Special Issue Paper

Journal of Electronic Materials

, 29:565

First online:

Self-assembled metal/molecule/semiconductor nanostructures for electronic device and contact applications

  • D. B. JanesAffiliated withSchool of Electrical and Computer Engineering, Purdue University
  • , Takhee LeeAffiliated withDepartment of Physics, Purdue University
  • , Jia LiuAffiliated withSchool of Chemical Engineering, Purdue University
  • , M. BatistutaAffiliated withSchool of Electrical and Computer Engineering, Purdue University
  • , Nien-Po ChenAffiliated withDepartment of Physics, Purdue University
  • , B. L. WalshAffiliated withSchool of Electrical and Computer Engineering, Purdue University
  • , R. P. AndresAffiliated withSchool of Chemical Engineering, Purdue University
  • , E. -H. ChenAffiliated withSchool of Electrical and Computer Engineering, Purdue UniversityNSF MRSEC for Technology Enabling Heterostructure Materials, Purdue University
  • , M. R. MellochAffiliated withSchool of Electrical and Computer Engineering, Purdue UniversityNSF MRSEC for Technology Enabling Heterostructure Materials, Purdue University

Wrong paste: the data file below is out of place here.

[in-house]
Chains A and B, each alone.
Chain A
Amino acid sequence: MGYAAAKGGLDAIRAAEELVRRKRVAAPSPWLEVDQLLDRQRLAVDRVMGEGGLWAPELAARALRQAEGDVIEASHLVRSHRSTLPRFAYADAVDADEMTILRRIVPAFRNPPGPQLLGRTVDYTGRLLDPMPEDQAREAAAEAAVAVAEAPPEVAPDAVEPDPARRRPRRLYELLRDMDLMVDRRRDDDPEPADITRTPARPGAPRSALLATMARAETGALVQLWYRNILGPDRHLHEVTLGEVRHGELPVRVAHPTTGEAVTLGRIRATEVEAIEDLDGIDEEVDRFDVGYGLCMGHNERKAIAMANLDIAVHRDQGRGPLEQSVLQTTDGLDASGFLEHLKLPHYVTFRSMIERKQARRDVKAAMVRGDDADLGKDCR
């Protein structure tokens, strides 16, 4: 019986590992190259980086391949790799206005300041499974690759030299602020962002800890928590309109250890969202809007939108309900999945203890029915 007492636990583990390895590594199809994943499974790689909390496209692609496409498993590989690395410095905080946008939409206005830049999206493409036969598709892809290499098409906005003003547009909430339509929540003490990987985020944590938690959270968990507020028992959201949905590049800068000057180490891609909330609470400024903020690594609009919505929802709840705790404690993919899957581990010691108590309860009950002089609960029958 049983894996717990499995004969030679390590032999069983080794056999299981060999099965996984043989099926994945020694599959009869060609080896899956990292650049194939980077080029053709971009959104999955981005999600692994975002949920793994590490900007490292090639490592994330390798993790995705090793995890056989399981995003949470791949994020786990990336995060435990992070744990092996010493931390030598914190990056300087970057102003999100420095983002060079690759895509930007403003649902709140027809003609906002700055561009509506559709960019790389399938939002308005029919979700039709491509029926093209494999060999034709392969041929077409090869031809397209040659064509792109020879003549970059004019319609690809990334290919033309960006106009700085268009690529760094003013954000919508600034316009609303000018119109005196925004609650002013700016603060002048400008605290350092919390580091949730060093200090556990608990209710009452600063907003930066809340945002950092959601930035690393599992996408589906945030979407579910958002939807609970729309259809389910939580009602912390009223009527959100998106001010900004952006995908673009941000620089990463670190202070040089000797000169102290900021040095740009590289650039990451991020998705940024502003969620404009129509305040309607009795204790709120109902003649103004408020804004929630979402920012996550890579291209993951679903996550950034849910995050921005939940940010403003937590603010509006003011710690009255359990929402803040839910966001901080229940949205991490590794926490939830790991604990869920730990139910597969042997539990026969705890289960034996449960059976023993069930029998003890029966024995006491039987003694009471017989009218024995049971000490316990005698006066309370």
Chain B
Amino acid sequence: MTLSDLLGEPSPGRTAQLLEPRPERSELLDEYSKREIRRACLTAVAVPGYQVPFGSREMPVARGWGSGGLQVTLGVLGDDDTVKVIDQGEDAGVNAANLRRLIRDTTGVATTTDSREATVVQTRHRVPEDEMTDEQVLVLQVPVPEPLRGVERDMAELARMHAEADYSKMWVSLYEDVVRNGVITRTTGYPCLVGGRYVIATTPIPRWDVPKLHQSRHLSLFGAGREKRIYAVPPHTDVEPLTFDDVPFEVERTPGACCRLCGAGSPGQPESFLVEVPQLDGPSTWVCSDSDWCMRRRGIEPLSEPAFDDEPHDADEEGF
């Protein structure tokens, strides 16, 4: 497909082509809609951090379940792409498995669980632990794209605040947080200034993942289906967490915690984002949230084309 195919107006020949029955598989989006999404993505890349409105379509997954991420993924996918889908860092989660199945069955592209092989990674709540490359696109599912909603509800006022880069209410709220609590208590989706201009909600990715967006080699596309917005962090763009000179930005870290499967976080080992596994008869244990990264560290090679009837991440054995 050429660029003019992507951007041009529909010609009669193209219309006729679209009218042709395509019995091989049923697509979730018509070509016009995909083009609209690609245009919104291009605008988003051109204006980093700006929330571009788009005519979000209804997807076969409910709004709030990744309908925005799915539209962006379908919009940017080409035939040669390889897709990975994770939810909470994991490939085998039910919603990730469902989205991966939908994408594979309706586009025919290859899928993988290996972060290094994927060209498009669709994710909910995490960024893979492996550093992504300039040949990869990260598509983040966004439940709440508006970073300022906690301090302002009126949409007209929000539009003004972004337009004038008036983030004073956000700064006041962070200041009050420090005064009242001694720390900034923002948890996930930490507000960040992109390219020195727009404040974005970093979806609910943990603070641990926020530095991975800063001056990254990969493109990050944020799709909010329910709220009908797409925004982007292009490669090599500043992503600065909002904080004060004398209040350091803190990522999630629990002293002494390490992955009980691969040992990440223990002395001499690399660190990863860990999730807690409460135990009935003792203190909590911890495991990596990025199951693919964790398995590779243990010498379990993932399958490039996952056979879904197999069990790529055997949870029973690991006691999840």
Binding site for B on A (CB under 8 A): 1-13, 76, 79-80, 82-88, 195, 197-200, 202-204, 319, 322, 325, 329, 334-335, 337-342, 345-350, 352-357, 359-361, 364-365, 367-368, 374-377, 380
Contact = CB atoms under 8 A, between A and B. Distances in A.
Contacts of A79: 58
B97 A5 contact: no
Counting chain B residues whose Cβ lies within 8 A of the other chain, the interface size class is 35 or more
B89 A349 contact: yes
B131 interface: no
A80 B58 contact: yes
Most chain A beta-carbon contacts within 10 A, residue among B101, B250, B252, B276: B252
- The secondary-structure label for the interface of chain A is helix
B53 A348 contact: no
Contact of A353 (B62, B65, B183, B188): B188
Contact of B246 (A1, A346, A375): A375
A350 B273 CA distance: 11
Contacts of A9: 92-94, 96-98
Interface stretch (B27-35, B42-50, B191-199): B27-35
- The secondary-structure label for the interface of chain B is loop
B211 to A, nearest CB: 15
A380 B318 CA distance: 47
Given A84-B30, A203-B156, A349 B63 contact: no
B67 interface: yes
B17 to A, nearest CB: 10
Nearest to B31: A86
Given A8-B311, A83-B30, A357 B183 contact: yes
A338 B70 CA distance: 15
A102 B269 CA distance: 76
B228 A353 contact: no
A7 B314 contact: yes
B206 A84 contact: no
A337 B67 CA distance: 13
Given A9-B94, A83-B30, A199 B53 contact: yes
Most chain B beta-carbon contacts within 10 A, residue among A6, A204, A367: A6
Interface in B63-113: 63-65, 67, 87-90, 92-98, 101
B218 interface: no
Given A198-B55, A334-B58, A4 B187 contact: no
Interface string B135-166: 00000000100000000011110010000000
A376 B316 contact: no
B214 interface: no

• , J. M. WoodallAffiliated withSchool of Electrical and Computer Engineering, Purdue UniversityNSF MRSEC for Technology Enabling Heterostructure Materials, Purdue University
    • , R. ReifenbergerAffiliated withDepartment of Physics, Purdue University

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Abstract

We report a fabrication approach in which we combine self-assembled metal/molecule nanostructures with chemically stable semiconductor surface layers. The resulting structures have well controlled dimensions and geometries (∼4 nm Au nanoclusters) provided by the chemical self-assembly and have stable, low-resistance interfaces realized by the chemically stable semiconductor cap layer (low-temperature grown GaAs passivated by the organic tether molecules). Scanning tunneling microscope imaging and current-voltage spectroscopy of nanocontacts ton-GaAs fabricated using this approach indicate high quality, ohmic nanocontacts having a specific contact resistance of ∼1 × 10−7Ω·cm2 and a maximum current density of ∼1×107 A/cm2, both comparable to those observed in large area contacts. Uniform 2-D arrays of these nanocontact structures have been fabricated and characterized as potential cells for nanoelectronic device applications.

Key words

Self-assembly nanocluster ohmic contact GaAs STM